We have to start by saying that it feels a bit reductive featuring this game on the site. The synopsis of the room, plus the artwork on their site (the featured image of this post) piqued our curiosity but what we got was something way more considered and substantial.
So we’ll say this now – if you’re expecting a scary game, you’ll likely be disappointed. That’s not to say that there isn’t a dark atmosphere supplemented with some horror-laced props. But, given that the story of the game touches on mental health, Archimedes Escape take the high road and treat the subject matter respectfully.
And that’s the biggest takeaway from this game, it’s definitely the most narrative-rich room that we’ve escaped from and it’s impressive how on-theme everything is. We obviously won’t go into spoilers but you won’t walk away feeling that anything was out place. It’s refreshing to play a game that focuses on the journey rather than the destination. Every puzzle progresses the story in some way, rather than just being a way of activating the next one.
This was a mostly lock-free room with progress made via automation. Instead of finding a code on a padlock, you have to physically do something in the room to move on. It’s a method that’s thematically true to the game whilst being a nice change for anyone that’s played more than a few escape games. And the objects provide enough feedback so as to not leave you in any doubt about what you’re doing.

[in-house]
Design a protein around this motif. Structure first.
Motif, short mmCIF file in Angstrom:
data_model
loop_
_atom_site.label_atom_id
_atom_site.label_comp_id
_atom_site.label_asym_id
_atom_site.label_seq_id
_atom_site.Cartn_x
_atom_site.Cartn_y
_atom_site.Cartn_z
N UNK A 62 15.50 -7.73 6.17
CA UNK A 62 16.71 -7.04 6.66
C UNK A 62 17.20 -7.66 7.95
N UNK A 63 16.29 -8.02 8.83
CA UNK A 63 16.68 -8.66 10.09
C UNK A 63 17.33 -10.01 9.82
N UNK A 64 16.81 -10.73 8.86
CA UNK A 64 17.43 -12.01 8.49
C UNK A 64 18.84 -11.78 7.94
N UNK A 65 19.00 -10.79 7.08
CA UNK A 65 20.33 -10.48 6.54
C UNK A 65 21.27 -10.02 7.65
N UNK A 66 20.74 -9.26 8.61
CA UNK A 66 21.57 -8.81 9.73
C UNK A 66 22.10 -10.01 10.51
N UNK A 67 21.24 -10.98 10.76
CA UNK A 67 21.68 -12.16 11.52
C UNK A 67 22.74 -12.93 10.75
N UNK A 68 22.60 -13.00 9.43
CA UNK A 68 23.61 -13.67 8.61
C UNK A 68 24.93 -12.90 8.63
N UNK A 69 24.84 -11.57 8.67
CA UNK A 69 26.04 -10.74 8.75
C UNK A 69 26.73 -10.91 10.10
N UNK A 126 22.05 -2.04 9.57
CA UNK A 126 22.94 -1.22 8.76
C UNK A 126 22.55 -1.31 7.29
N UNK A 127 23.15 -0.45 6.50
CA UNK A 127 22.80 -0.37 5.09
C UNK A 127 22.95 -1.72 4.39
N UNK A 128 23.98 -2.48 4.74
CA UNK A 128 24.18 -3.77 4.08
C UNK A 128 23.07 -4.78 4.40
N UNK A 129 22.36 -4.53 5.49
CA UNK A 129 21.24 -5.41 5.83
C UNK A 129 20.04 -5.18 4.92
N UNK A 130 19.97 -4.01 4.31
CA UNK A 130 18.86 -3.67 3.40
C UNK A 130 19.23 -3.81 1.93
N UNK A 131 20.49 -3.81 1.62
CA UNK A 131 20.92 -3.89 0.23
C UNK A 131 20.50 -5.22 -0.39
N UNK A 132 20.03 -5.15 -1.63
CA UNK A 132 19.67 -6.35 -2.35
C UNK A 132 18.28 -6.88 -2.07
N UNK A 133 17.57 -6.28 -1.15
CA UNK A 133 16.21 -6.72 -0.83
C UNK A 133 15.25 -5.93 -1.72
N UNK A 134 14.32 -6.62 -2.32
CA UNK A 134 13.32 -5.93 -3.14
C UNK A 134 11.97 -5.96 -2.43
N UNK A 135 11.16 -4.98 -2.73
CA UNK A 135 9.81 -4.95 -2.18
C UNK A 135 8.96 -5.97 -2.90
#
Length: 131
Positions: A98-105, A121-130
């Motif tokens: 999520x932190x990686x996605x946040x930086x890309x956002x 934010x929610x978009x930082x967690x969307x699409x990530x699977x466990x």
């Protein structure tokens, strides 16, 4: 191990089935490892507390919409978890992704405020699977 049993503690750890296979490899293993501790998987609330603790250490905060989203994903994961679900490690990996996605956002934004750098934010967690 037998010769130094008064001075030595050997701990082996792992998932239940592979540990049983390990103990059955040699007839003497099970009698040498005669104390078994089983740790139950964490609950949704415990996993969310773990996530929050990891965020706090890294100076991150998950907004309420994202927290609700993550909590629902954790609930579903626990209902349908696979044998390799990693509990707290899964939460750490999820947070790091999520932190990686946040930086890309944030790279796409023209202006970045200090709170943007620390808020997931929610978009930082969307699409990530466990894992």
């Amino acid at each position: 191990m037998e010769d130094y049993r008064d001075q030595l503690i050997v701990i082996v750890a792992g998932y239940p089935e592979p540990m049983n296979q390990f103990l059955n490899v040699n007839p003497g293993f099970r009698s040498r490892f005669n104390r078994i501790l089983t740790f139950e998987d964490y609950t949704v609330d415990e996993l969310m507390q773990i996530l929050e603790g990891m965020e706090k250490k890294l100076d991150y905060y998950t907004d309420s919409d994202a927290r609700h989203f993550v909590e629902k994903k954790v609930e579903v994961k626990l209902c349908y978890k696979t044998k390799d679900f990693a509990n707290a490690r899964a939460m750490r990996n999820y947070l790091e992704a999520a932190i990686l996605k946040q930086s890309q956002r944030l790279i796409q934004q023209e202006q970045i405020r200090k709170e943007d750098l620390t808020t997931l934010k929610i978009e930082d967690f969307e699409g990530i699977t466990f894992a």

The story. We can’t oversell this enough. It’s possible that it stuck out to us because we weren’t expecting such a richness but it was so completely woven into the fabric of the game that it ends up being a huge part of the experience. All we’ll say is, take everything in because it’s all relevant and serving the narrative.
As for the puzzles themselves, they’re all fair and none of them required a leap of logic although we did debate whether one was adequately clued in the room. Ultimately though, there wasn’t anything that we felt was a cheat and that’s really important to us! There was a nice variety of things to do, including one section that forces all the players in the team to work together. We’d love to see games incorporate more moments like this because it’s sometimes easy to miss a puzzle in a room if someone solves it whilst you’re occupied elsewhere.
And one final thing we have to point out – the people running the game were super passionate about what they do, spending a lot of time with us afterwards to talk about the game and story. It makes so much difference when the people running a room genuinely care about what they do!
This is a minor thing and if we’d been a bit quicker through the game, it would’ve been a non-issue but there’s a moment that takes place which lasts for a fixed amount of time. It’s possible to mostly ignore it but you’ll miss story beats if you do. For us, time in a room is a premium so there shouldn’t be anything that potentially holds you up. In this case, it doesn’t prevent you from continuing so it isn’t a game breaker at all. We just wished we’d been able to pay more attention to it!
Kill M.A.D. (2017) Archimedes Inspiration
If you're looking for an escape game that's more than a procession of puzzles, you should check out Kill M.A.D. A strong storyline along with a well-themed space makes for an experience that's a cut above most of the other games that we've played to date.
Ticket Price: £29pp
Address: Unit 002, Block K, Tower Bridge Business Complex, 100 Clements Road SE16 4DG